This course has been developed from a multi-national EU funded project under the "Social Exclusion Programme". The course uses British Sign Language (BSL) and was designed for the hearing impaired of any age. The course includes over 57 essential phrases.
The course is a unique and totally new approach to teaching Sign. Designed for use by members of the hearing community, the course uses a series of 57 video clips to show the learner exactly how key words and phrases can be used to communicate with the deaf.
Created for use by personnel including receptionists,
doctors, nurses, waiters, waitresses, retail and travel staff,
the course aims to break through the barriers often created
through misunderstandings between the deaf and hearing
communities. Supported by sections designed to make signing fun.
The European Union part funded the development of this basic on-line Sign Language course, available in British Sign Language (BSL) for those people who will come in to contact with people with a hearing disability so they will be able to communicate effectively with them – this could be family members, employers or trainers. Deafness has the effect of isolating the individual from society both economically and socially.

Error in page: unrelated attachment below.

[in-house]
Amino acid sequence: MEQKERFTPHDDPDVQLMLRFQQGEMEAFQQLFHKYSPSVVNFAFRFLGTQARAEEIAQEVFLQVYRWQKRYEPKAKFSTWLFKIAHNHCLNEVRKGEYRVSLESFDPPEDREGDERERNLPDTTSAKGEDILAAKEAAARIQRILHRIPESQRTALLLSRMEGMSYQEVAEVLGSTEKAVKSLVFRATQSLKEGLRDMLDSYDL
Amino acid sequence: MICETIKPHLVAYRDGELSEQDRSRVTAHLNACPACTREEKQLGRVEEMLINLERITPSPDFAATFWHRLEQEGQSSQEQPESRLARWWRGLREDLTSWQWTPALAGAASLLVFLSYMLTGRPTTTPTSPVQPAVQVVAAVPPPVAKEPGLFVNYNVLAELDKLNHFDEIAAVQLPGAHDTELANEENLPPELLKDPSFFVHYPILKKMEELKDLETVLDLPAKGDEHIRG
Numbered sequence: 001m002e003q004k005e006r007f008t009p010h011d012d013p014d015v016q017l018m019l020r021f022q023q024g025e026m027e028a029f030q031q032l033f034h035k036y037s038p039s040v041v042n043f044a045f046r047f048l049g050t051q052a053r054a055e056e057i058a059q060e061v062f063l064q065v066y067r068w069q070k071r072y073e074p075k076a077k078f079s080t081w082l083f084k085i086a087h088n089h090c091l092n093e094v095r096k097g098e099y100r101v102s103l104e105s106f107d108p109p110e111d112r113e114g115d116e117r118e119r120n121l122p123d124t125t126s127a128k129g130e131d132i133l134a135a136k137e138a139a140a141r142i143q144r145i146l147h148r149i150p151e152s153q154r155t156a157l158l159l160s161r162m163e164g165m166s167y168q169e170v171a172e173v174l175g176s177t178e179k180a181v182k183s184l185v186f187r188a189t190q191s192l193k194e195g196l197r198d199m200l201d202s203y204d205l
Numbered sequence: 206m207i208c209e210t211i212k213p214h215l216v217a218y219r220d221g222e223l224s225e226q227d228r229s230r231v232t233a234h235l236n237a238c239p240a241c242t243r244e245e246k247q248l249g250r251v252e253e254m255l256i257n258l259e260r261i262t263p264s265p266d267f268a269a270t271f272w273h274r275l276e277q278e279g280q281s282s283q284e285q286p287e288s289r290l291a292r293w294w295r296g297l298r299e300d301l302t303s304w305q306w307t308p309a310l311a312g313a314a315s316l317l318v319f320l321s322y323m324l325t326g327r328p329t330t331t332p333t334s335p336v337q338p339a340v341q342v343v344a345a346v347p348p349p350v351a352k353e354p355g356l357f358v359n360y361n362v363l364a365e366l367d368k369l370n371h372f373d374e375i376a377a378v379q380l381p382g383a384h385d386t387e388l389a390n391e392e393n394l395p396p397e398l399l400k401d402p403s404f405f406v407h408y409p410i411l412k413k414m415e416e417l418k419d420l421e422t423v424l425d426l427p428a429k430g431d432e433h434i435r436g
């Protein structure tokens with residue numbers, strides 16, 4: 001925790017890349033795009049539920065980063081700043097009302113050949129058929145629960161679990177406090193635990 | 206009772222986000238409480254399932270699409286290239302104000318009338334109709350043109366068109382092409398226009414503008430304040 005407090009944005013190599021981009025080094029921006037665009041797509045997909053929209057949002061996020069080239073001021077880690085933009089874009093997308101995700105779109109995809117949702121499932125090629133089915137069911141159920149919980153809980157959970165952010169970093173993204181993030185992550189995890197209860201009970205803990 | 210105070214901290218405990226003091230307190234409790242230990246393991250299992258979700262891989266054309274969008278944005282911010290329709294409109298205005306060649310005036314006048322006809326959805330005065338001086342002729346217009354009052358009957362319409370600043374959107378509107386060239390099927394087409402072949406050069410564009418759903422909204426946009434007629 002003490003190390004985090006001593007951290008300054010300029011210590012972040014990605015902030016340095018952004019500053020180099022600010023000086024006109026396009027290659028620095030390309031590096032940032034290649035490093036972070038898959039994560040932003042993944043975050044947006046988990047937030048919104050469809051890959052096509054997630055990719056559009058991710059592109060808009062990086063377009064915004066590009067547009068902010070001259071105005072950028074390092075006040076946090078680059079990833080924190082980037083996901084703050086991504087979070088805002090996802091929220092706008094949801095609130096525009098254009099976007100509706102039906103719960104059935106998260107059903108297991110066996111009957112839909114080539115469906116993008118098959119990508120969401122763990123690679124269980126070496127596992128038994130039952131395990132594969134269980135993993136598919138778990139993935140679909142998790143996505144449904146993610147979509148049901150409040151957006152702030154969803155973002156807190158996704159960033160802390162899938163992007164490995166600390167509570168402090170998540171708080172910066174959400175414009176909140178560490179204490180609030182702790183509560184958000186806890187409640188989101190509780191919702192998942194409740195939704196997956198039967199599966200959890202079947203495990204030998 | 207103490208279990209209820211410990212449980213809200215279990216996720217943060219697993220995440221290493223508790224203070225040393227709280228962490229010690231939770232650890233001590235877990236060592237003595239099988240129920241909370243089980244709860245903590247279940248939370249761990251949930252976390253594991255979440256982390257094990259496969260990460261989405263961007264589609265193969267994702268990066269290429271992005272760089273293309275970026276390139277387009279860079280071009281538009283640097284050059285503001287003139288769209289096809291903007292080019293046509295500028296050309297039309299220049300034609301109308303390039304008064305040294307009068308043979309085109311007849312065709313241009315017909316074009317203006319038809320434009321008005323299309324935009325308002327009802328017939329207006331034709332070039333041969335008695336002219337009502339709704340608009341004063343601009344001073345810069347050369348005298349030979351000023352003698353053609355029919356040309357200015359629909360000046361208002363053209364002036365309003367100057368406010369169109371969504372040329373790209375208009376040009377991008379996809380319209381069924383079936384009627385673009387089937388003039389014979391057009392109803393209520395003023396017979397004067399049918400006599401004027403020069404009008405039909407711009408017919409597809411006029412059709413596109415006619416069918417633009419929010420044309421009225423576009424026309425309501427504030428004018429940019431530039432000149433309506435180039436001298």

The project aims to reduce exclusion and, using the latest communication technologies, encourage societal mainstreaming and integration of the individual to enable him/her to work and/or train alongside their able bodied peers.
Areas covered are:
(1) Healthy Living (2) Eating
Out (3) Travelling
(4) In the Workplace (5) Shopping (6) School/College
Please Note: The downloadable course is NOT compatible with Apple Mac operating systems.
This project has been funded with support from the European Commission. This webpage reflects the views only of the author, and the Commission cannot be held responsible for any use which may be made of the information contained therein.
(invoicing administered by EU15 Ltd)
For example if a deaf person wants
to undertake a training course they need to be able to
communicate with someone at the local College to explain their
needs. The first contact will be with the Reception desk.
Without some basic knowledge of sign language the receptionist will not be able to help - the deaf person with a mental health problem will then have to wait until someone with Sign language skills is available. They may not be able to wait and the frustrating experience may lead them not to bother pursuing the training course.
If, however, the Receptionist is able to communicate (albeit in a basic way) this will ensure that the deaf person is dealt with effectively and sympathetically.